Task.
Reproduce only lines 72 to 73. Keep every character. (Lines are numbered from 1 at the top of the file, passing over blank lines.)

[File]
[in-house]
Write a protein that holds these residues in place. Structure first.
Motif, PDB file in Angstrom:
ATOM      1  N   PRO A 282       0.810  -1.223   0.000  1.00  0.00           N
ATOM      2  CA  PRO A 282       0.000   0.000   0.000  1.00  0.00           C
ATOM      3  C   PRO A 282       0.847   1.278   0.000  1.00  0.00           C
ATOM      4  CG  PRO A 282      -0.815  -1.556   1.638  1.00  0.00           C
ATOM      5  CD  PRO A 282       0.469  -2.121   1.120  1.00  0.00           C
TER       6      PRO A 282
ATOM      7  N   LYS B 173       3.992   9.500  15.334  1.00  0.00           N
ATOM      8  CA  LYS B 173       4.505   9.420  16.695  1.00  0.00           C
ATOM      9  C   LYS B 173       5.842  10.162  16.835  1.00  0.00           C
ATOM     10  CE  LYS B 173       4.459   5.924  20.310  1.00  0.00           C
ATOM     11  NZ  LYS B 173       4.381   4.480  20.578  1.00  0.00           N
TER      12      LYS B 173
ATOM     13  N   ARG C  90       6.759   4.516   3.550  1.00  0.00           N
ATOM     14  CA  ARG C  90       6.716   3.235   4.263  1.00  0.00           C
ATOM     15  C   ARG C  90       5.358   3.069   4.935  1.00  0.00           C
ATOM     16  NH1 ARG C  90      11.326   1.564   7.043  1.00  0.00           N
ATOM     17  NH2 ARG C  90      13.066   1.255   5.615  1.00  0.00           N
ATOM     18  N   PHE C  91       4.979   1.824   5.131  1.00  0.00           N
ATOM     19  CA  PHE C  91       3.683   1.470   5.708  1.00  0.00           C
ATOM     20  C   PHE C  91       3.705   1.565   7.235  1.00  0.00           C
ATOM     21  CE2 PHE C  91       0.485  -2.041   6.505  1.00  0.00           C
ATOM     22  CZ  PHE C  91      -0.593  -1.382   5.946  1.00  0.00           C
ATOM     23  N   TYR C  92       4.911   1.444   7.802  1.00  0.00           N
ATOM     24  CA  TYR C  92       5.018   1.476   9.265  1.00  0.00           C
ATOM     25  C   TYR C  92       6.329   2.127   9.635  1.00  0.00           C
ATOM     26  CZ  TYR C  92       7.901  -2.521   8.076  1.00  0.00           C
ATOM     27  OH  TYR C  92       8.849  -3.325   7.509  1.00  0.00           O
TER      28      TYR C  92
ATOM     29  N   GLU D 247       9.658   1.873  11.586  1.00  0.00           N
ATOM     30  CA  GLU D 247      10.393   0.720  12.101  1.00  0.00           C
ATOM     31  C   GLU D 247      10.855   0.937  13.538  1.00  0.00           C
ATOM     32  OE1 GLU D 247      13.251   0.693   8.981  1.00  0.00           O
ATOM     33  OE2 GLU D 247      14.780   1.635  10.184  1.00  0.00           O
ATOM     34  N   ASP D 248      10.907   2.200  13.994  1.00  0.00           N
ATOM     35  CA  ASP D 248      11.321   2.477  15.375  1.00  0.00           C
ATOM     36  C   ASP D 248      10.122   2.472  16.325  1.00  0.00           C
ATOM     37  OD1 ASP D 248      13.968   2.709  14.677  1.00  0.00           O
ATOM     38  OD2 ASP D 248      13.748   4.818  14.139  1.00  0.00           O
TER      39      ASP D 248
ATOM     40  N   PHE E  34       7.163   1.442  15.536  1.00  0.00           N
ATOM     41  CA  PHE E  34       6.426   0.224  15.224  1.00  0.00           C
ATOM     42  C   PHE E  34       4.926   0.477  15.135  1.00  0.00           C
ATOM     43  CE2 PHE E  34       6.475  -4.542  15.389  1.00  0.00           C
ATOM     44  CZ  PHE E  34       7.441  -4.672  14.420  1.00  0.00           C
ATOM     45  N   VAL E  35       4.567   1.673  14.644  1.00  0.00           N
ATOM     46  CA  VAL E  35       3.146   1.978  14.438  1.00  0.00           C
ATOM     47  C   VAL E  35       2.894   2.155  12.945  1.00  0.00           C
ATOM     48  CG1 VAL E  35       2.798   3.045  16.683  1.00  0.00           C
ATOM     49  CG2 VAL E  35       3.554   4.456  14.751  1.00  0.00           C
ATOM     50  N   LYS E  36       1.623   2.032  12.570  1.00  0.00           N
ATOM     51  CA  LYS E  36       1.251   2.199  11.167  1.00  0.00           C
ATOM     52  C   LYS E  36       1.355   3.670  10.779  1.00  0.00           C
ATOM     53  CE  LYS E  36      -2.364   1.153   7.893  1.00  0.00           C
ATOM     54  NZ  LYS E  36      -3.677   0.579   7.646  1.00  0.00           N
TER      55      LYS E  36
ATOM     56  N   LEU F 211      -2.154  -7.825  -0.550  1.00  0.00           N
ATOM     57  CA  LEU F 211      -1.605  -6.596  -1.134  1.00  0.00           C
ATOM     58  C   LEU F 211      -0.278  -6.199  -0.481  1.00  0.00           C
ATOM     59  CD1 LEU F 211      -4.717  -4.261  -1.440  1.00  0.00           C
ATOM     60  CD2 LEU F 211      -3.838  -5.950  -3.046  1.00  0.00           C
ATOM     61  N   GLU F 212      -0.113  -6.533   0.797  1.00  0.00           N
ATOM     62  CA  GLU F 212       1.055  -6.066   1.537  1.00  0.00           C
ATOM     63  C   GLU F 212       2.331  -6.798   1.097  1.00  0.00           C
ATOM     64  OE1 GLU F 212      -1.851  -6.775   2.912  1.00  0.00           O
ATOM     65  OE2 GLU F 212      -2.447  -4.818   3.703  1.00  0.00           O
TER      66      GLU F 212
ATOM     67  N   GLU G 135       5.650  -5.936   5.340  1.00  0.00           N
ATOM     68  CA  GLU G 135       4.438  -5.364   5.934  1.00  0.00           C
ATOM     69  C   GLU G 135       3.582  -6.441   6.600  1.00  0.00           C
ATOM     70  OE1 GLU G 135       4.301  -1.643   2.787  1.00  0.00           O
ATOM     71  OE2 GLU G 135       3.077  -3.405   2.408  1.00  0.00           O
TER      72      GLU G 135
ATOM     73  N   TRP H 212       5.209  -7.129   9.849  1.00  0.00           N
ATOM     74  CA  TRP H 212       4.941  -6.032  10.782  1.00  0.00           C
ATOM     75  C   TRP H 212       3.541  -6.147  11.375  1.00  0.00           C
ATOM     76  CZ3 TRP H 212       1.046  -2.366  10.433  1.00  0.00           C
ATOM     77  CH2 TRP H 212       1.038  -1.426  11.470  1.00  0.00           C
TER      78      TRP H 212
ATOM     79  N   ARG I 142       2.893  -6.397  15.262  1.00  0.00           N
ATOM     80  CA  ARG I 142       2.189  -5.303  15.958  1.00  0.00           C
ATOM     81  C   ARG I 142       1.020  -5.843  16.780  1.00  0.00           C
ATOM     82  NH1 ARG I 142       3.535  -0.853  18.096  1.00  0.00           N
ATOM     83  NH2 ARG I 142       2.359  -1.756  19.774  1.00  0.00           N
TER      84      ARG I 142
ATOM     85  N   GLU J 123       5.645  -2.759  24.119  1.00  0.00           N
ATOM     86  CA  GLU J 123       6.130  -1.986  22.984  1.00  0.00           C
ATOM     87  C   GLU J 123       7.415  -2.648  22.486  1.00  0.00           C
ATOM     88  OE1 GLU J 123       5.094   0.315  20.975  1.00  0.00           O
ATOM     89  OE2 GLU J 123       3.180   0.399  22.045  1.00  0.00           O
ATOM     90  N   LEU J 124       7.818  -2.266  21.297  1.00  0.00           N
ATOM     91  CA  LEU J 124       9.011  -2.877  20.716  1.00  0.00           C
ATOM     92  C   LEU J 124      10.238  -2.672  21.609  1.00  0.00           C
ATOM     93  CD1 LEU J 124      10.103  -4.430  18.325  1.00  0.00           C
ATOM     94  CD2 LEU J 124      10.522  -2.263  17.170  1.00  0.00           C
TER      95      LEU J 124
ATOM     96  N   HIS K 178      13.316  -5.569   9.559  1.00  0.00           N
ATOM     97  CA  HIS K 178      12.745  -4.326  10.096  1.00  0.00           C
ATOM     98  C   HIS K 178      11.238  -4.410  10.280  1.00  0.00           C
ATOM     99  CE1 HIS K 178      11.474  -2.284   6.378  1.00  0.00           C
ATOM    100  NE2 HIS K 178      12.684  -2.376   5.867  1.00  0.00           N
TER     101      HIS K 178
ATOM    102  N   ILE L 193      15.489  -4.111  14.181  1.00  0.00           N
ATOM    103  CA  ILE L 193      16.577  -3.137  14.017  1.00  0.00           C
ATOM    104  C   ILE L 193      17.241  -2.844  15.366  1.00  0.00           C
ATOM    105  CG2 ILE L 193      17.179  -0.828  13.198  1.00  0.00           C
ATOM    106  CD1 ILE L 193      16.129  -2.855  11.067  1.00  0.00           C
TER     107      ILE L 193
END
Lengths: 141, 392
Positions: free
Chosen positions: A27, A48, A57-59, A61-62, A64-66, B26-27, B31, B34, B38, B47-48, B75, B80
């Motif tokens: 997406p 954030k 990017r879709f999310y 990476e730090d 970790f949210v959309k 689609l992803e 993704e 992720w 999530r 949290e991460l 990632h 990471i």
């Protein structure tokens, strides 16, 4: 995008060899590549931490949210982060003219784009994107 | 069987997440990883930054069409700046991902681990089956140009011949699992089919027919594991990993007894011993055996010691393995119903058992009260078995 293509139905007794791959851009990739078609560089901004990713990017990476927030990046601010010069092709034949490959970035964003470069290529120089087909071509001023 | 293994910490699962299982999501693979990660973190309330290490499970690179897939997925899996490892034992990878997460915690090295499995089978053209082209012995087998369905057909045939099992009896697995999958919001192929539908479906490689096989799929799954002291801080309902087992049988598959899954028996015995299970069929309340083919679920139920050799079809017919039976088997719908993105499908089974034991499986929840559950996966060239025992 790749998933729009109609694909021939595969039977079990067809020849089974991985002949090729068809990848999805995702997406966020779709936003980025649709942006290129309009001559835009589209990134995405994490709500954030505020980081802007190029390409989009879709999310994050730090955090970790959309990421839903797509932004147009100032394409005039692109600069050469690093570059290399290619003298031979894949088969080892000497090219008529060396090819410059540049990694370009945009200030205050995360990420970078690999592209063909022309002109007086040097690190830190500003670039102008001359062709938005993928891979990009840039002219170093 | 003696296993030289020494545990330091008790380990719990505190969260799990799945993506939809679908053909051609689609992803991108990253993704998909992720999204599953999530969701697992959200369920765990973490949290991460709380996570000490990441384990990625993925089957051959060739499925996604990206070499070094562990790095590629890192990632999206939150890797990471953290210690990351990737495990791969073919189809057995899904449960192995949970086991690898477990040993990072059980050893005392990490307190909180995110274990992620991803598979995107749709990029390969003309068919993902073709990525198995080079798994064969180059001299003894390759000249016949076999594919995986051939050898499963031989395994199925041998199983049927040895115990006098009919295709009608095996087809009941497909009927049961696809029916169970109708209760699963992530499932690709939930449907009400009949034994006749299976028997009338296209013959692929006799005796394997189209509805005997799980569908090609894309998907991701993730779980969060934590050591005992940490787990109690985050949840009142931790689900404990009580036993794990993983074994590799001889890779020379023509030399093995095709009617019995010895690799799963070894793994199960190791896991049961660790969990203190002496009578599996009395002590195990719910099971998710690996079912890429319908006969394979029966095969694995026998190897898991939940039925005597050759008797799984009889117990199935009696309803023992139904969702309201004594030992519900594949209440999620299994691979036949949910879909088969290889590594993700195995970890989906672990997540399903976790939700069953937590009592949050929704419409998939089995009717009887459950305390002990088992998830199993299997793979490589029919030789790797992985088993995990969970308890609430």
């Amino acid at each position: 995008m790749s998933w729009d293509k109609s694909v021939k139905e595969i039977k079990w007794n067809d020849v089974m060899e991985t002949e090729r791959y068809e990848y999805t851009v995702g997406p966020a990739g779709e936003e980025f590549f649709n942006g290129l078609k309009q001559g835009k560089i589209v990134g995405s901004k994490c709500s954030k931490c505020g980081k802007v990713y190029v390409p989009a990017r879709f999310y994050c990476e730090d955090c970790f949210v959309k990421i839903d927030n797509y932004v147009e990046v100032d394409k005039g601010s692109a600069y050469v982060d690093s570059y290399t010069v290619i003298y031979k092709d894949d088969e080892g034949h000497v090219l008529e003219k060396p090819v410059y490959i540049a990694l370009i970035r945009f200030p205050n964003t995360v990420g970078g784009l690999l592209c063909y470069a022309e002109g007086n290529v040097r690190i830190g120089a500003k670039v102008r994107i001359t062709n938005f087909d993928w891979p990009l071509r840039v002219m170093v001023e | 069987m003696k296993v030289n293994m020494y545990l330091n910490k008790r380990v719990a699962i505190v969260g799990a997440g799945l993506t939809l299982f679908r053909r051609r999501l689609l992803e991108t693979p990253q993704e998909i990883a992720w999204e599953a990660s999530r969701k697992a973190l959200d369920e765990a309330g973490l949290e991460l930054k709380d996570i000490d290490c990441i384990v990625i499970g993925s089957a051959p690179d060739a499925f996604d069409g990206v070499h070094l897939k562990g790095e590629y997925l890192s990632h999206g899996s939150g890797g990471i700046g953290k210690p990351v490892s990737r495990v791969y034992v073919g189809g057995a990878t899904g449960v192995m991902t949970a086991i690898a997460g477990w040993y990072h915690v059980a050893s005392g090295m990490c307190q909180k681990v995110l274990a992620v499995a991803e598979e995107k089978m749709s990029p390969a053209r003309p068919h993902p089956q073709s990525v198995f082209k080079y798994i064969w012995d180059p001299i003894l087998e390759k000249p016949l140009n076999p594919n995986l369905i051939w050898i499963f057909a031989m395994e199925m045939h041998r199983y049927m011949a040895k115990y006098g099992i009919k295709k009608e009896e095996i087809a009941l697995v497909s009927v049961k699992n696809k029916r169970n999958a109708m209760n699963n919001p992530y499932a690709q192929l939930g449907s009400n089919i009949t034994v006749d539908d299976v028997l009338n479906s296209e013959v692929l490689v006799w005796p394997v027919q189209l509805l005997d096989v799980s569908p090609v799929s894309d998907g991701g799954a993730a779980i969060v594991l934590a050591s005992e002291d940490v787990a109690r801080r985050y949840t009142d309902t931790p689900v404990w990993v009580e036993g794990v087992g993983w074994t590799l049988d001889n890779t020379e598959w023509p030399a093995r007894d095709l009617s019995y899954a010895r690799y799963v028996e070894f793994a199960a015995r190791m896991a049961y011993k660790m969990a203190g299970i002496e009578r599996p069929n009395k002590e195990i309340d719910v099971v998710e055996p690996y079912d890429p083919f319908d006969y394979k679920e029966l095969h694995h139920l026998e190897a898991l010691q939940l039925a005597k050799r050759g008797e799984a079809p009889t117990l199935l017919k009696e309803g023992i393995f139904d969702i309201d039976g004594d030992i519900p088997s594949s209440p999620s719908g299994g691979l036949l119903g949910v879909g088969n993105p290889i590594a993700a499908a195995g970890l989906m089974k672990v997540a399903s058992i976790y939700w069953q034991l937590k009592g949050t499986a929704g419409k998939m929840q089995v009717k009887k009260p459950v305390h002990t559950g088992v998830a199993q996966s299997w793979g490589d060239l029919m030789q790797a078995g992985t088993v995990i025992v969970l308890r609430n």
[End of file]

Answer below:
ATOM     69  C   GLU G 135       3.582  -6.441   6.600  1.00  0.00           C
ATOM     70  OE1 GLU G 135       4.301  -1.643   2.787  1.00  0.00           O